U.S.-Ukraine Sea Breeze Exercise Starts as Russian Black Sea Fleet Holds Snap Drills

July 20, 2020 2:25 PM - Updated: July 20, 2020 3:49 PM
USS Porter (DDG-78) enters the Black Sea on July 19, 2020. Photo by Yörük Işık‏ used with permission

Naval drills led by the U.S. and Ukraine kicked off today in the Black Sea, while Russia called for a series of nearby snap naval drills.

Sea Breeze, the bilateral U.S.-Ukraine maritime exercise, kicked off its 20th series on Monday.

“It started in 1997, and for the Ukrainian side, this [was] the main tool for entering NATO,” Rear Adm. Oleksiy Neizhpapa, commander of the Ukrainian Navy, said via a translator in a Monday conference call with reporters.

The exercise includes Black Sea and non-Black Sea navies, in a nod to the importance of the body of water, officials said: Bulgaria, Georgia, Norway, Romania, Spain, Turkey, Ukraine, and the United States.

The week-long exercise will include 26 ships and 19 aircraft operating in the Black Sea under a new level of restrictions that have resulted in the cancelation of events onshore and driven the planning for the exercise largely online, Neizhpapa and U.S. 6th Fleet Commander Vice Adm. Gene Black told reporters. About 2,000 personnel will be involved, including 400 Americans from destroyer USS Porter (DDG-78) and Patrol Squadron (VP) 47.

“We have a lot to accomplish during the next week. The training objectives for the air and maritime portion include maritime interdiction operations, air defense, anti-submarine warfare, damage control, and search and rescue,” Black said during the media call.
“In addition, this year we are doing more free play, meaning we are giving participants more freedom to accomplish training objectives outside the confines of scripted exercise injects. This will enable participants to fine tune the skills that we have developed during previous Sea Breeze exercises. We want to leave this exercise having achieved a greater level of integration and coordination, with increased direction from the Ukrainian Naval Headquarters South, which continues to grow in capacity and capability due to the immense commitment of the Ukrainian navy and contributions from our allies and partners.”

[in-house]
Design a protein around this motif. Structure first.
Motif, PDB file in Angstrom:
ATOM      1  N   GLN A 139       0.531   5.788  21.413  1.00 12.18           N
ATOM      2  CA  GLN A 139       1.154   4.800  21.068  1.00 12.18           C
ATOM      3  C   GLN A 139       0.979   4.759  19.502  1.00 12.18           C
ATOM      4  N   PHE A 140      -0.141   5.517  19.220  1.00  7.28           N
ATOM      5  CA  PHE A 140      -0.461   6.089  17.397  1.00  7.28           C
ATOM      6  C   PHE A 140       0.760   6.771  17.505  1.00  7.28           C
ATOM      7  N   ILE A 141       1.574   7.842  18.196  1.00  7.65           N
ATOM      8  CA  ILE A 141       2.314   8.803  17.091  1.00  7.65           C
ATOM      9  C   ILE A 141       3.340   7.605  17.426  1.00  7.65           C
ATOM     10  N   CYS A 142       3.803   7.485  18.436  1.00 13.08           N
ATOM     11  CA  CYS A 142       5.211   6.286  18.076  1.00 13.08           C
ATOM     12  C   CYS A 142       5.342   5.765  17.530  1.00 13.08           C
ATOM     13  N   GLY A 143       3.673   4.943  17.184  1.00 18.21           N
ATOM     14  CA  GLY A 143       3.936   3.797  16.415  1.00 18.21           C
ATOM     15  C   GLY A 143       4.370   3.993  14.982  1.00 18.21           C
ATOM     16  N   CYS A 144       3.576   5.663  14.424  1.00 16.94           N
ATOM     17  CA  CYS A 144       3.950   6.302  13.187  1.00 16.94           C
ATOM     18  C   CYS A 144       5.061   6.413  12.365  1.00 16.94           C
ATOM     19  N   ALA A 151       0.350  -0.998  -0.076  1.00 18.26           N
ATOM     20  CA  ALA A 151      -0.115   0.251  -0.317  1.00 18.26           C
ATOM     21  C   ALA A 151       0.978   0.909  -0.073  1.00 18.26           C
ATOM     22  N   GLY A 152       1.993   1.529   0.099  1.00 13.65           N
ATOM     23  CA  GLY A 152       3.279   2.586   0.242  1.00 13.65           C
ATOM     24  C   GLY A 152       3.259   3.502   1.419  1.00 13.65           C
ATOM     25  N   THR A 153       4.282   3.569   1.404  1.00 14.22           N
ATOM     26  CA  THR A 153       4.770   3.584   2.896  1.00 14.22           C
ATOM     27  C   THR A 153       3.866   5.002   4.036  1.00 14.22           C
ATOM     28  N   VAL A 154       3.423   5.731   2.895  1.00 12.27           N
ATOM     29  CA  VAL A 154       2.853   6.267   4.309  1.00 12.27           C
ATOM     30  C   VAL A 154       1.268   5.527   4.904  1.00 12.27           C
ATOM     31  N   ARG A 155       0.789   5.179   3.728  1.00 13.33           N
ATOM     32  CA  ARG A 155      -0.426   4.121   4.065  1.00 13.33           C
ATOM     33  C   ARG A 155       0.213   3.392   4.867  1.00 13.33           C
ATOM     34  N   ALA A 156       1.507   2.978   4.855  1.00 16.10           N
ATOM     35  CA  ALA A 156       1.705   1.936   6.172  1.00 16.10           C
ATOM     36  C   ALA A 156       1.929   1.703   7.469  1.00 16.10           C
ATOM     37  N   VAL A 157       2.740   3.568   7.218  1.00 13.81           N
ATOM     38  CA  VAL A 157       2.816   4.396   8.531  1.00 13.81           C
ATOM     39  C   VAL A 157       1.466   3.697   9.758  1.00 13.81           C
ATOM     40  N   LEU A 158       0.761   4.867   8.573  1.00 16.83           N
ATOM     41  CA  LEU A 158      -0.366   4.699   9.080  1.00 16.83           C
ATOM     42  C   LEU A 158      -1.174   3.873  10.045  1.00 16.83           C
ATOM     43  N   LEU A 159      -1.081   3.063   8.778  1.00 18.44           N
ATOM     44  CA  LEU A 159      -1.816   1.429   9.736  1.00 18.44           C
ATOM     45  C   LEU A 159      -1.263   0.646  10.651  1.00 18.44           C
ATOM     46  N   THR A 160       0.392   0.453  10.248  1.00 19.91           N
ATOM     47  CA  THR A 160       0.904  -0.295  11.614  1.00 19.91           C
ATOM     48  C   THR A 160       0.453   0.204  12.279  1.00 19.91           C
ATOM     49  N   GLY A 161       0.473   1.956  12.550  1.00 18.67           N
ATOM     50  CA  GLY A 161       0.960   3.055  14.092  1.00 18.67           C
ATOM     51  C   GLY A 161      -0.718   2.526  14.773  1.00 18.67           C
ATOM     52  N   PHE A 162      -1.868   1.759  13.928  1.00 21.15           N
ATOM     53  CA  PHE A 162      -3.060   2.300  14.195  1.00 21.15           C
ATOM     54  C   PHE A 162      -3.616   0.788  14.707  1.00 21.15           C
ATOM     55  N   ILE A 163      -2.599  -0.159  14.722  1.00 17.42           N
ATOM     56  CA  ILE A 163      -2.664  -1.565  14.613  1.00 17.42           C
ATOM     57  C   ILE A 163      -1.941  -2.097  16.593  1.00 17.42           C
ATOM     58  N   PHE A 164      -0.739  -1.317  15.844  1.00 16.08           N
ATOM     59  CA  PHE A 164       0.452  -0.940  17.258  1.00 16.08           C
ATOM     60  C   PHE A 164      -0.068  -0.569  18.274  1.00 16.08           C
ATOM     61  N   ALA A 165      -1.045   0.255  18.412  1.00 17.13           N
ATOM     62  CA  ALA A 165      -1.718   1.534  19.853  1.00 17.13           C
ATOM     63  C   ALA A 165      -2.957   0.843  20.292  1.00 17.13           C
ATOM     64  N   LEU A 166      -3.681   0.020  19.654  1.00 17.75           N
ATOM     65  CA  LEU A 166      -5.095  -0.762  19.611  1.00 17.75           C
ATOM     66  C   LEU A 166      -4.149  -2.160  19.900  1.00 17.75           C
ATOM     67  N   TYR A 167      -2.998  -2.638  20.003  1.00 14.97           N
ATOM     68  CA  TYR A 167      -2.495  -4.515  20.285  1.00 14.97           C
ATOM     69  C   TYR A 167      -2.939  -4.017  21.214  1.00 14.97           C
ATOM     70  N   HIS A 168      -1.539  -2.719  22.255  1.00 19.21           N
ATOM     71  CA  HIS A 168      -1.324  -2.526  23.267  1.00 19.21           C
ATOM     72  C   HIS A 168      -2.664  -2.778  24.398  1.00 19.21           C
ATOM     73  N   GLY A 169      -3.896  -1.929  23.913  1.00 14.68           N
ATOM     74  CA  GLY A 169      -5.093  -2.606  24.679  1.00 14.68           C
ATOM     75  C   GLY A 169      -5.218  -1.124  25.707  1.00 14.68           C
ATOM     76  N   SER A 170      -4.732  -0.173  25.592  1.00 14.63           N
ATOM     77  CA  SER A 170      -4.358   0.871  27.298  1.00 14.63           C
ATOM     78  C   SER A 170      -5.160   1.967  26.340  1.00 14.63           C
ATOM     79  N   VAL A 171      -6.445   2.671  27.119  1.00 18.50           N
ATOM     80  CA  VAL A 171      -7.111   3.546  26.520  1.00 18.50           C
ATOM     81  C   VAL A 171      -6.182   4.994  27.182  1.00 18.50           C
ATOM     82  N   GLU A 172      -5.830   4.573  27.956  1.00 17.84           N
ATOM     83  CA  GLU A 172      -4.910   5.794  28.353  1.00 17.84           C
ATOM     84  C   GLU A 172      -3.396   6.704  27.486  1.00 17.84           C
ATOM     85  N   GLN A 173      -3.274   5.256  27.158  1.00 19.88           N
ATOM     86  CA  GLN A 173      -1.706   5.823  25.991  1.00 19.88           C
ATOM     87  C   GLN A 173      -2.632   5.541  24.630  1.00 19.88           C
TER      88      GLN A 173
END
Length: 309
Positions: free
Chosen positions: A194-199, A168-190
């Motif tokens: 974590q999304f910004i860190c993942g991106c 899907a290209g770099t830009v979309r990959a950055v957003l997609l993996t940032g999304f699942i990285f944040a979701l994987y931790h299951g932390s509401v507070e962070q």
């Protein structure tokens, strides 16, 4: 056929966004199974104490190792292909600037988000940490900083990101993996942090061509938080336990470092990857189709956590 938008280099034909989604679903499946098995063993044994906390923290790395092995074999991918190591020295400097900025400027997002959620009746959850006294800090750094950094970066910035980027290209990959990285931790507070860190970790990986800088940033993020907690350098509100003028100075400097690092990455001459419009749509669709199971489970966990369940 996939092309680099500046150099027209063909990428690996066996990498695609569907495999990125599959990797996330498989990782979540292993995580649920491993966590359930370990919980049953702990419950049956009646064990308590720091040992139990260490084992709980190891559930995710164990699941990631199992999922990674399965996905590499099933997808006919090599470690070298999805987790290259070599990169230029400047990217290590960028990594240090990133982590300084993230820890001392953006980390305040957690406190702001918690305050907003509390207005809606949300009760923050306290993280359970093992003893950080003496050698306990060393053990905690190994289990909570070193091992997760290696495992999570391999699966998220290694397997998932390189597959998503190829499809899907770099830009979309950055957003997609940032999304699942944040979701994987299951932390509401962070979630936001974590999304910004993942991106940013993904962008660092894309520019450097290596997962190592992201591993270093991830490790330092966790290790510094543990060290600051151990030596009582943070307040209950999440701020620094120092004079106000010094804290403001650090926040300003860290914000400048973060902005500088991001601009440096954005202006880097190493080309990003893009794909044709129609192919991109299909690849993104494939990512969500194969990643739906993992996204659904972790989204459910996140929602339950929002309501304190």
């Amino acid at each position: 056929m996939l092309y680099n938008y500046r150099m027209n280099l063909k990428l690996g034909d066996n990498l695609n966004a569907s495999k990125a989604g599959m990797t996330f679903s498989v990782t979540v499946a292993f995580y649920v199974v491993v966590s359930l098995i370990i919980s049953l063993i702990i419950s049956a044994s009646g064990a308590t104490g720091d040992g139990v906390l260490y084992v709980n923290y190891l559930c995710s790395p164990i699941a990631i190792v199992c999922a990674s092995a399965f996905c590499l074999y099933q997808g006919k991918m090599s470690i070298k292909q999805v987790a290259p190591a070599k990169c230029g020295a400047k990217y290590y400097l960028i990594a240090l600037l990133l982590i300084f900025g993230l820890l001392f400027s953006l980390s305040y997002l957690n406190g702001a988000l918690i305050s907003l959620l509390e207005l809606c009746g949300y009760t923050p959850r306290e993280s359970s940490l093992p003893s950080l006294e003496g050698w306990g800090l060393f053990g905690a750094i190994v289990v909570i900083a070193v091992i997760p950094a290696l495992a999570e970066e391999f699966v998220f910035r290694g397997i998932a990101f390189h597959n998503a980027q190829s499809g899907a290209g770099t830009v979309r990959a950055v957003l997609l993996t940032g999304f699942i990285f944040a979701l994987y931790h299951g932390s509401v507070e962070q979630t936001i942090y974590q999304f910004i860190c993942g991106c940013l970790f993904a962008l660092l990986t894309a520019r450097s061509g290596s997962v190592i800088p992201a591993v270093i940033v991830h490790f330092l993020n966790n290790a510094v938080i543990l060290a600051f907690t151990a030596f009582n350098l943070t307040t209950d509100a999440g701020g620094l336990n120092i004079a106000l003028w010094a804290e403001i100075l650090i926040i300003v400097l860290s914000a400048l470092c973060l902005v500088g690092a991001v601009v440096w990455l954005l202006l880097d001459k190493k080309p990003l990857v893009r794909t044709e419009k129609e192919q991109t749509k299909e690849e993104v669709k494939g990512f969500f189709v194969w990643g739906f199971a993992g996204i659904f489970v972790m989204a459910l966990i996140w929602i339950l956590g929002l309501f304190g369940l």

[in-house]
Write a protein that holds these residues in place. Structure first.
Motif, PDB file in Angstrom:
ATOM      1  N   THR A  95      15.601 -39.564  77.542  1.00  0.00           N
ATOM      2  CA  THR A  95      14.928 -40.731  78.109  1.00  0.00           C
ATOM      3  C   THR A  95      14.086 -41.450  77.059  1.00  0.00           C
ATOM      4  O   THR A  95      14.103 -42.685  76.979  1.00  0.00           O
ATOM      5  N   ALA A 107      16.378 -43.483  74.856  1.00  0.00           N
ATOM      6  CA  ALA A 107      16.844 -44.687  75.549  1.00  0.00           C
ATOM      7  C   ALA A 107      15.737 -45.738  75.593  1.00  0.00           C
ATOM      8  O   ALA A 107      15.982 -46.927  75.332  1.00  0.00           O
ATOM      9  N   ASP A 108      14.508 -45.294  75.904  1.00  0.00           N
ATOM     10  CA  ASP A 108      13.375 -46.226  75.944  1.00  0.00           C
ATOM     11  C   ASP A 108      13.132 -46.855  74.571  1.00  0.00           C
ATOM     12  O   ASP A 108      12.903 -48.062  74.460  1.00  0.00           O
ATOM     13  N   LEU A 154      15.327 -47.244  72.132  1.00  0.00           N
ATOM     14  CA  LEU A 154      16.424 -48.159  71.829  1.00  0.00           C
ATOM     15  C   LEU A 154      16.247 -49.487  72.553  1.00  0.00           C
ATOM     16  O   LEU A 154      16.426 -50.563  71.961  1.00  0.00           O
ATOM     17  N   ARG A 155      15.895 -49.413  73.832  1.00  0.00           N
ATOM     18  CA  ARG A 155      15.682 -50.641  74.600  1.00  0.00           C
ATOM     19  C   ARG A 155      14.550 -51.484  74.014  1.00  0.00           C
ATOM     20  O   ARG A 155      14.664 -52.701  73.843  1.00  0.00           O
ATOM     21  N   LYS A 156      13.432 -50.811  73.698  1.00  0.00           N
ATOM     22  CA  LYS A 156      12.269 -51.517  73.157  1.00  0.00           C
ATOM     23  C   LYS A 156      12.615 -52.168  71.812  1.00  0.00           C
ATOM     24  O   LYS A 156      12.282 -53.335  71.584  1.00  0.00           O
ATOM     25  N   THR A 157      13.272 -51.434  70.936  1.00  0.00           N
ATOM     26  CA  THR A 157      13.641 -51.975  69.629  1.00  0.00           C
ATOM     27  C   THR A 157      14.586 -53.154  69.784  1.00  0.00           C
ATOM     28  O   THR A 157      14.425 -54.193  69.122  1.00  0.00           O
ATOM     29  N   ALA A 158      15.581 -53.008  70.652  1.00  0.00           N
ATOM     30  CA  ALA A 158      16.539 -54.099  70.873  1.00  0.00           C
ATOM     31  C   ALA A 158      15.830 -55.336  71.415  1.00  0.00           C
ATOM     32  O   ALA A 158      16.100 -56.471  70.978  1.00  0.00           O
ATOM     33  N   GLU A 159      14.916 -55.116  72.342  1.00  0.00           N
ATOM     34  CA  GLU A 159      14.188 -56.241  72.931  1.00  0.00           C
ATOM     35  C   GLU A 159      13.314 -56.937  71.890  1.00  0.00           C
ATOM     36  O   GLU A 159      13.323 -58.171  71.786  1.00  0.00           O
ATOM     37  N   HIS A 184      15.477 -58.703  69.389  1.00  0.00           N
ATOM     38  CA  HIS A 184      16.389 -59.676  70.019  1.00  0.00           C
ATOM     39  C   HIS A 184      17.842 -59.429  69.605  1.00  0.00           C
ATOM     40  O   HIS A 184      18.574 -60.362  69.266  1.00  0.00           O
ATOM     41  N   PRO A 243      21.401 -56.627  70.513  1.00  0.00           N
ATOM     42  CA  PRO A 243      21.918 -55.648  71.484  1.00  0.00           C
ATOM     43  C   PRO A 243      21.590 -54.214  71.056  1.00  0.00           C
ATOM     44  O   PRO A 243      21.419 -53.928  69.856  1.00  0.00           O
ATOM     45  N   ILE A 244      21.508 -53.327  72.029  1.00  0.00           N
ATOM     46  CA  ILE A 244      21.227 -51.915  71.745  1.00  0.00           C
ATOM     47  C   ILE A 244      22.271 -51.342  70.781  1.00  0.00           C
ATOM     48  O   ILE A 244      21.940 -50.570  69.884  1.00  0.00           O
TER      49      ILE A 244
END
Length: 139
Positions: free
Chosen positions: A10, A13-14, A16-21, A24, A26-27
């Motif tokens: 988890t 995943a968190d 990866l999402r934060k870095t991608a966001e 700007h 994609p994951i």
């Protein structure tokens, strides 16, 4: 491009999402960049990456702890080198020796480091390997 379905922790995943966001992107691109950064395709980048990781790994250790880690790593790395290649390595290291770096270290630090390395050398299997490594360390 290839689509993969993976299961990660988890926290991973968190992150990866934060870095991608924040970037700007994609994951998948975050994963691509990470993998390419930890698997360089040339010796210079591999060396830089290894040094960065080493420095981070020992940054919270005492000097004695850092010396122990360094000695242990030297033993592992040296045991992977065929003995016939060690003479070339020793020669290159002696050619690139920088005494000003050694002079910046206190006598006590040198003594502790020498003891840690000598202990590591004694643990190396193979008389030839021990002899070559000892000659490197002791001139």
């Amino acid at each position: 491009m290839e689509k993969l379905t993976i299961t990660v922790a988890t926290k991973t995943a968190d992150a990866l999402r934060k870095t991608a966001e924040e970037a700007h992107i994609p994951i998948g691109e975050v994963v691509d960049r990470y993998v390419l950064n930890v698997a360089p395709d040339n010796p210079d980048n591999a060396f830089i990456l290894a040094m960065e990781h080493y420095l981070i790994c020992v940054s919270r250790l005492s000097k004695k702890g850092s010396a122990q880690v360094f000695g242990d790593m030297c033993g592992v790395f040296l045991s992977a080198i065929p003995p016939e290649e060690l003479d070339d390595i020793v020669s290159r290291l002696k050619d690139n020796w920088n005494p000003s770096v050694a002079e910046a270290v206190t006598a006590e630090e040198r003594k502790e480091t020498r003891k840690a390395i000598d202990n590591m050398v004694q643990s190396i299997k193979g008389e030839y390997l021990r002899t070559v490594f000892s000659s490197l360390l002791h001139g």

“The main aim of this year’s exercise is the maritime security in the crisis area,” Neizhpapa said.
“Due to the COVID-19, we reduced the duration of our exercise to one week. But I hope that this exercise will be conducted on the high level and will be fruitful and we will receive a lot of experience.”

On Saturday, the Rota, Spain-based Porter transited the Bosphorus Strait and entered the Black Sea to join the exercise, U.S. 6th Fleet announced.

Just three days before the long-planned Sea Breeze exercise began, the Russian Navy announced a snap drill for their forces around the Black Sea.

“This morning, the Black Sea Fleet units went on alert and a part of the fleet’s naval forces deployed to dispersal and designated areas in the Black Sea. During the exercise, the ships’ crews made their urgent preparation for a battle and practiced withdrawing the main forces from a notional enemy’s strike,” reads a Friday statement from the Black Sea Fleet reported in state-owned TASS news wire.

“The surprise combat readiness check involves over 3,000 personnel and more than 300 items of military hardware, including warships and combat aircraft, and also the troops and equipment of the Black Sea Fleet’s army corps,” reported the wire.

Black, who took command of 6th Fleet this month, downplayed potential tensions with the Russian Navy when speaking with reporters.

“I doubt that we will have any interaction at all, and if we do, I’m sure it’ll be professional and in accordance with the laws and norms of maritime operations at sea,” he said.

Sam LaGrone

Sam LaGrone

Sam LaGrone is the editor of USNI News. He has covered legislation, acquisition and operations for the Sea Services since 2009 and spent time underway with the U.S. Navy, U.S. Marine Corps and the Canadian Navy.
Follow @samlagrone

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